School hasn’t even started, and already the paperwork is piling up. Supply lists, class schedules, student handbooks…and it’s only going to get worse. If you school papers overwhelmed you last year, now is the perfect time to find a new organization routine to keep the paper tiger tamed.
Choose your spot wisely. The place needs to make sense in light of what your family does right before leaving for, or immediately after returning from school. Keeping papers near the door to the garage won’t help if your child goes through the front to catch the bus. Likewise, using an upstairs home office just means papers will accumulate on the kitchen counter until you get around to filing.
Move things if you must. Realize you may need to move other things to free up space for your paperwork system. That’s what happened when I set up ours: the cupboard over the kitchen desk where I kept my recipes and cookbooks was really the only convenient place for school papers. After some rearranging, I found a better place for my cooking-related stuff and now the school paperwork has a home.
Have separate storage for each child. If Little Timmy’s teacher says he failed to turn in an assignment that you know you saw a grade on (and that’s happened more than once with my son), you don’t want to have to rummage through all of Janey’s papers trying to find it. An inexpensive way to keep papers separate is to make a paper holder out of a cereal box. Or pick up a paper sorter from an office supply store, if you don’t have one already.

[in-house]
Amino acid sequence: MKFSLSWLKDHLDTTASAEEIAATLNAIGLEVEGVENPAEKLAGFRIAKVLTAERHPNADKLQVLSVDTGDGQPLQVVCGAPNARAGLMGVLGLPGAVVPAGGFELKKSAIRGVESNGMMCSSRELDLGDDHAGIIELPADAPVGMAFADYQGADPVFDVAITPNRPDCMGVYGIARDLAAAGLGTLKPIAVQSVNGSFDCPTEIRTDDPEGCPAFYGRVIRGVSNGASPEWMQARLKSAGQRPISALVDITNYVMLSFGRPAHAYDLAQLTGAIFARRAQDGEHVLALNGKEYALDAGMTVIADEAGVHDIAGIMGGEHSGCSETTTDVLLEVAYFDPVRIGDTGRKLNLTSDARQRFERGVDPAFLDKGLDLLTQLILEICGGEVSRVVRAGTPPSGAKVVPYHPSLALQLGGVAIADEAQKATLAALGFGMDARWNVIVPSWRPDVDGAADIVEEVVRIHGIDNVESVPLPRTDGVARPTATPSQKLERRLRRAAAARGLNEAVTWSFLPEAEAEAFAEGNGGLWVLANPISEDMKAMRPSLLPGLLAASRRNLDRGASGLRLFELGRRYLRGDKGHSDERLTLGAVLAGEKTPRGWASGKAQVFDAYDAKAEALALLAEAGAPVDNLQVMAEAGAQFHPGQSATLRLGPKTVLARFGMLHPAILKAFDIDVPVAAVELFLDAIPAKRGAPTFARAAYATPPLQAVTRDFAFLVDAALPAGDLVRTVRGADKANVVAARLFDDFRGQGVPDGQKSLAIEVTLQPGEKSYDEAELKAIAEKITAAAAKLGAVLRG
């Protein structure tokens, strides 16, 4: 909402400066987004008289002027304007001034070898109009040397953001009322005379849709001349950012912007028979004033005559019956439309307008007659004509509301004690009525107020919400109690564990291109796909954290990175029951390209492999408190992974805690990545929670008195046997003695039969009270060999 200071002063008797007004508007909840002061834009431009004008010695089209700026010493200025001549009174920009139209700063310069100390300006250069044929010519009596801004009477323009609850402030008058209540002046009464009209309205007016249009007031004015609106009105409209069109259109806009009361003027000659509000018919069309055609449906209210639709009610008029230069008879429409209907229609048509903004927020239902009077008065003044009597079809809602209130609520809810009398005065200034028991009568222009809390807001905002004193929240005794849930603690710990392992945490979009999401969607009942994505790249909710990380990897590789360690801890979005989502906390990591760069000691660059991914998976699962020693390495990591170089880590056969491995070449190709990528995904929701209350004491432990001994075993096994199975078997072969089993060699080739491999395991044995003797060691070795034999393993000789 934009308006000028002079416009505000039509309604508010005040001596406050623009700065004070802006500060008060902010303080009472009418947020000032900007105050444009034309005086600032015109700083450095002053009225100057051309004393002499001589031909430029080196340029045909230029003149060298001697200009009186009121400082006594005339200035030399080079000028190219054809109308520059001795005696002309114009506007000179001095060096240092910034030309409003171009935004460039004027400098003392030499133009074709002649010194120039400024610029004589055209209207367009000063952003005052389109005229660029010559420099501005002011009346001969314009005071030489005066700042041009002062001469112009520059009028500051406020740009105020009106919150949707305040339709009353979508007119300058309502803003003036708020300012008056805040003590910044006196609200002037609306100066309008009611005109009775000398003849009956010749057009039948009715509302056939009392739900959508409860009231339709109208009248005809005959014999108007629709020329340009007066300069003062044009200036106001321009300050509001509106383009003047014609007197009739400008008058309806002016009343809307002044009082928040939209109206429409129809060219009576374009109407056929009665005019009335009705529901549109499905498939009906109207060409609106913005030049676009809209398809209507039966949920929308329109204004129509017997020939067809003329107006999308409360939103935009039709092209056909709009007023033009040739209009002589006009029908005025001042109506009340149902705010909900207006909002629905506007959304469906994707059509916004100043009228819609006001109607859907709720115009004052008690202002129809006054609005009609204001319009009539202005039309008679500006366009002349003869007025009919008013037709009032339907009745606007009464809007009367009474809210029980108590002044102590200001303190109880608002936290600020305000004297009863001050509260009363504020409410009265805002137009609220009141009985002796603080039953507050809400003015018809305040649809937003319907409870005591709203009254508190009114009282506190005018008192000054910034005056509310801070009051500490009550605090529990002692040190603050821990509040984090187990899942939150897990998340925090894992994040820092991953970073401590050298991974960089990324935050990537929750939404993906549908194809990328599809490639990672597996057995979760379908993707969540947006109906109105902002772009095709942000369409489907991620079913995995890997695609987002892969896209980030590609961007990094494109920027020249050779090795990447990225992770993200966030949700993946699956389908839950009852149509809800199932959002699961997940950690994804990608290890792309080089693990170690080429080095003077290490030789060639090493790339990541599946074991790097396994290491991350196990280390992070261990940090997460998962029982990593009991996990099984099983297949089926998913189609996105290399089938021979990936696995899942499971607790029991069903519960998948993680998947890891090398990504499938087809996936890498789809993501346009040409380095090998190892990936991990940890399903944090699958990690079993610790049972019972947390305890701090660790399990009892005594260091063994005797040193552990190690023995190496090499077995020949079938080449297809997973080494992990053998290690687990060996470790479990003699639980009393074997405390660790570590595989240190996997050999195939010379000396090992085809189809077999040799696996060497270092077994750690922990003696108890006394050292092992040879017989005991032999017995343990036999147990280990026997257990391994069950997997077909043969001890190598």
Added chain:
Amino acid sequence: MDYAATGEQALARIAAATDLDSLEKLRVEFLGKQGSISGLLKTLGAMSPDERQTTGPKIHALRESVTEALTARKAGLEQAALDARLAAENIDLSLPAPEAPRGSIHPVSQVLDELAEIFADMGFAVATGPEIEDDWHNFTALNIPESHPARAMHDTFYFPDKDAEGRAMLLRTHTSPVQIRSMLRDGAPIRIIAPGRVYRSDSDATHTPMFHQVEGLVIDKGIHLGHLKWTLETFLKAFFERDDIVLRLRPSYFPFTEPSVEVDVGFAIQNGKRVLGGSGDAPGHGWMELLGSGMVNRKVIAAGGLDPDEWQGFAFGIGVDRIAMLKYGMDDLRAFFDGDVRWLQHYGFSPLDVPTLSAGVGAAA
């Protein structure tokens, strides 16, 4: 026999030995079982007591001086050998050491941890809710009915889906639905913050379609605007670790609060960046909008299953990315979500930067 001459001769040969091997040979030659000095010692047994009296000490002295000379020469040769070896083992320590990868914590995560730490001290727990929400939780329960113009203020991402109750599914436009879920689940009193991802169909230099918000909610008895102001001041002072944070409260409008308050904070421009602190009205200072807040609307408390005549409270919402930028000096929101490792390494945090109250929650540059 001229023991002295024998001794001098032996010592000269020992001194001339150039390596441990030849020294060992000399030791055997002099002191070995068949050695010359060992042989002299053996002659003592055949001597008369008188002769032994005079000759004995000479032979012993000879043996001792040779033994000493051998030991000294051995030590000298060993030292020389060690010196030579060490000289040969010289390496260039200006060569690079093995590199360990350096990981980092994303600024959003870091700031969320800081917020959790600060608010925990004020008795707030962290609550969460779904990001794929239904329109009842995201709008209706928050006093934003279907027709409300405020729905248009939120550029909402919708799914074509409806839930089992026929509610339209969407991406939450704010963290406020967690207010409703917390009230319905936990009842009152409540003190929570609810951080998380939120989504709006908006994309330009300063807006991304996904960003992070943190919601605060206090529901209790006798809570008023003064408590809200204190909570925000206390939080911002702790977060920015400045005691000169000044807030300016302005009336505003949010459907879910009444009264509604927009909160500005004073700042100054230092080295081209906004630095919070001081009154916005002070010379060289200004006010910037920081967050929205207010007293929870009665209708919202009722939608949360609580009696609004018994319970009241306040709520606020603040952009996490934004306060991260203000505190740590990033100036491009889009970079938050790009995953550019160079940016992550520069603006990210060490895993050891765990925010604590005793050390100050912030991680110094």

Deal with paperwork daily. Yes, afternoons are busy, what with sports practice, music lessons, homework and dinner drama. But two minutes spent per day spent going through papers will keep them under control, and keep them from piling up on your kitchen counter.
Enlist your child’s help. Have your kids separate graded papers from that afternoon’s homework. Work with your child so you know if there are any notices requiring your attention. Your child can file his or her paperwork, too.
Sort and keep homework properly. Staple each week’s homework together and file it in your child’s homework sorter. As progress reports or notices of missing assignments come out, compare them with the graded homework you have in your file. Teachers are only human, and sometimes they overlook things. If you find an assignment was graded but not recorded, send it back to the school with a nice note. (Hang it where you keep signed permission slips so it goes back to the school in a timely fashion.)
Keep a family calendar near your paper station. If you’re using a cupboard as your paper station, attach the calendar inside the cupboard door where it’s handy when you’re sorting papers. It doesn’t have to be fancy, either: we use a free one that our bank sends every year. (I have a pretty one elsewhere in the kitchen where I track menu plans and use-by dates.) Write each child’s important dates and deadlines in a unique color so you can easily find what you’re looking for.
Don’t file permission slips. I can’t tell you how often I used to lose my son’s permission slips, even though I’d signed them. Then I learned to clip them to our Out The Door Organizer where I’d see them when grabbing my keys in the morning. Another option is to affix a binder clip to the wall near the door you use when leaving in the morning and stick signed papers or lunch money there. (Paint the clip to match the wall if you like.)
Be choosy about what you keep long-term. When report cards come out, ask your child to go through his or her homework from that quarter and select one or two items to keep in their school memories box. (Ours is a shirt box marked with that year’s grade level and stashed in my paper station until the end of the year.) Bulkier items, like dioramas, are best remembered with a photograph tucked into the school memory box.
Remember, you know your kids and your own organization skills best. Find a system that works for your family, and start using it now to keep school papers from taking over your house.